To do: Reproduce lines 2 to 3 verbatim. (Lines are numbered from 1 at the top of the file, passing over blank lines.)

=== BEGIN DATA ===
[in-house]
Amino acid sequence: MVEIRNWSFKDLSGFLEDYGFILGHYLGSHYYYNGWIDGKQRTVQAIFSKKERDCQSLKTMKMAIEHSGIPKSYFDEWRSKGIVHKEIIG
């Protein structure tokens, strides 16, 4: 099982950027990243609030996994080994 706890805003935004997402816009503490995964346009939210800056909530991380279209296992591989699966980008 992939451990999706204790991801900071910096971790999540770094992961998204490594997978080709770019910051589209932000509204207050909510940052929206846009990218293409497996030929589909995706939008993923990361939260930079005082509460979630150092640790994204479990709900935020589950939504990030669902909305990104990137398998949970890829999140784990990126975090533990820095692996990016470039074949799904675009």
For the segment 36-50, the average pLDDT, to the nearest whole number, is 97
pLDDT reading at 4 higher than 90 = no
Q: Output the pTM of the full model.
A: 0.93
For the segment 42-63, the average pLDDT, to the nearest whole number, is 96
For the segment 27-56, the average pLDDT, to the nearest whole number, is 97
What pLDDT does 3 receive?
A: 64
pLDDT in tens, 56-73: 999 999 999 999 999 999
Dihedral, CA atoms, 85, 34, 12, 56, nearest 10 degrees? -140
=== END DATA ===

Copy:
Amino acid sequence: MVEIRNWSFKDLSGFLEDYGFILGHYLGSHYYYNGWIDGKQRTVQAIFSKKERDCQSLKTMKMAIEHSGIPKSYFDEWRSKGIVHKEIIG
């Protein structure tokens, strides 16, 4: 099982950027990243609030996994080994 706890805003935004997402816009503490995964346009939210800056909530991380279209296992591989699966980008 992939451990999706204790991801900071910096971790999540770094992961998204490594997978080709770019910051589209932000509204207050909510940052929206846009990218293409497996030929589909995706939008993923990361939260930079005082509460979630150092640790994204479990709900935020589950939504990030669902909305990104990137398998949970890829999140784990990126975090533990820095692996990016470039074949799904675009």